This recording comes with an interesting history. After the fall of Communism in the late '80s, Austrian trombonist Christian Muthspiel decided to form an octet with a player from each of the former Warsaw Pact countries. While over time new players were substituted and the geographic concept was necessarily altered, the first manifestation of the band is represented on this recording, which was originally released in 1992 on the tiny Amadeo label. Several of the names appearing here have since reached at least semi-stardom within the small world of free improvisation, although at the time of recording most were relatively unknown in the West, a major exception being trumpeter Tomasz Stanko. The recording works on several levels. First of all, Muthspiel's compositional skills fully utilize the capacities of the soloists and just as importantly provide the dense and suspenseful underbrush and joie de vivre that give a sense of completeness to the many tracks. Muthspiel intersperses what he calls "Interludes" (usually lasting a minute or two and often featuring the elastic voice of Sainkho Namtchylak) between the lengthier complex arrangements of the full group. Surprises abound, as Stanko shows a much more aggressive and far less minimalist style than he was to later cultivate. Even Namtchylak, about to soar career-wise in the 1990s, displays a somewhat more refined approach than what she later became known for. Klaus Koch, too, later developed into a major figure in European jazz, and shows major promise here. Namtchylak and Muthspiel are given substantial solo space, with the unsung trombonist, in particular, providing some very fine and sophisticated blowing. There are many significant moments of enormous emotional impact, and this small-label release should not be overlooked: It is a sleeper waiting to be discovered.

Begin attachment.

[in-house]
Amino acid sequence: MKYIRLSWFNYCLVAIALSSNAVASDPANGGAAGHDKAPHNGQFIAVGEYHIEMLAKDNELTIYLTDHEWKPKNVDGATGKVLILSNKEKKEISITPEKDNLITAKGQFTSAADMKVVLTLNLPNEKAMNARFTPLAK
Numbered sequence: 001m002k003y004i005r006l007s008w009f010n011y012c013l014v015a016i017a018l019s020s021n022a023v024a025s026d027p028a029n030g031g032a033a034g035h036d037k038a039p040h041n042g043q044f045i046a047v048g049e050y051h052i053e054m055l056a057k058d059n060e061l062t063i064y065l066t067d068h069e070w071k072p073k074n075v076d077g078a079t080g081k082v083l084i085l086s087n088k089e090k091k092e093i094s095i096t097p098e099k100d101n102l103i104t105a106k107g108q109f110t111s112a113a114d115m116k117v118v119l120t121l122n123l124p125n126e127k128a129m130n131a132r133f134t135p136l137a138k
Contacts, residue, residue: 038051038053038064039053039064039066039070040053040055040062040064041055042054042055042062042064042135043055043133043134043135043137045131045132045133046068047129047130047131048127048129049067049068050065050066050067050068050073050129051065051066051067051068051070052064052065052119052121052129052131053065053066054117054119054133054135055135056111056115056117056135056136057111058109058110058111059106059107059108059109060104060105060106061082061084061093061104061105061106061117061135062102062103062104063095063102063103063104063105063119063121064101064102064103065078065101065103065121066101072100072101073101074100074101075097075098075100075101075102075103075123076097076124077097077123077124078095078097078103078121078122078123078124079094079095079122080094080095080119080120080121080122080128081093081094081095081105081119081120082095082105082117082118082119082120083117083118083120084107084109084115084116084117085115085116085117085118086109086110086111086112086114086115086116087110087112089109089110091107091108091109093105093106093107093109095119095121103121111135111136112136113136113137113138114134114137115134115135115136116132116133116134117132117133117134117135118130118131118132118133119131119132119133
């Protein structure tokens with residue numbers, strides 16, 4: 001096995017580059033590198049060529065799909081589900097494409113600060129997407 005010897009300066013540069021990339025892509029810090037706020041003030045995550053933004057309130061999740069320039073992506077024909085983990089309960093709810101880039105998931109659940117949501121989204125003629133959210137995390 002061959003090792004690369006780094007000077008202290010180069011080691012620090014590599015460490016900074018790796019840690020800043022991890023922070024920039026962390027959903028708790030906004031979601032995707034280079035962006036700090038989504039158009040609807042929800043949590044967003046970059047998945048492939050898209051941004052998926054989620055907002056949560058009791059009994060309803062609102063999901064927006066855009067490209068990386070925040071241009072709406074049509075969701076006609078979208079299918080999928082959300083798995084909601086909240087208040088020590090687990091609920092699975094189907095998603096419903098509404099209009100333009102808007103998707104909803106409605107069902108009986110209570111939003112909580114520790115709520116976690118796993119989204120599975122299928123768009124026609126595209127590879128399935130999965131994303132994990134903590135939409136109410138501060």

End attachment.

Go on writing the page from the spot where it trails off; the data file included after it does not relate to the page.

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AllMusic Review by Steve Loewy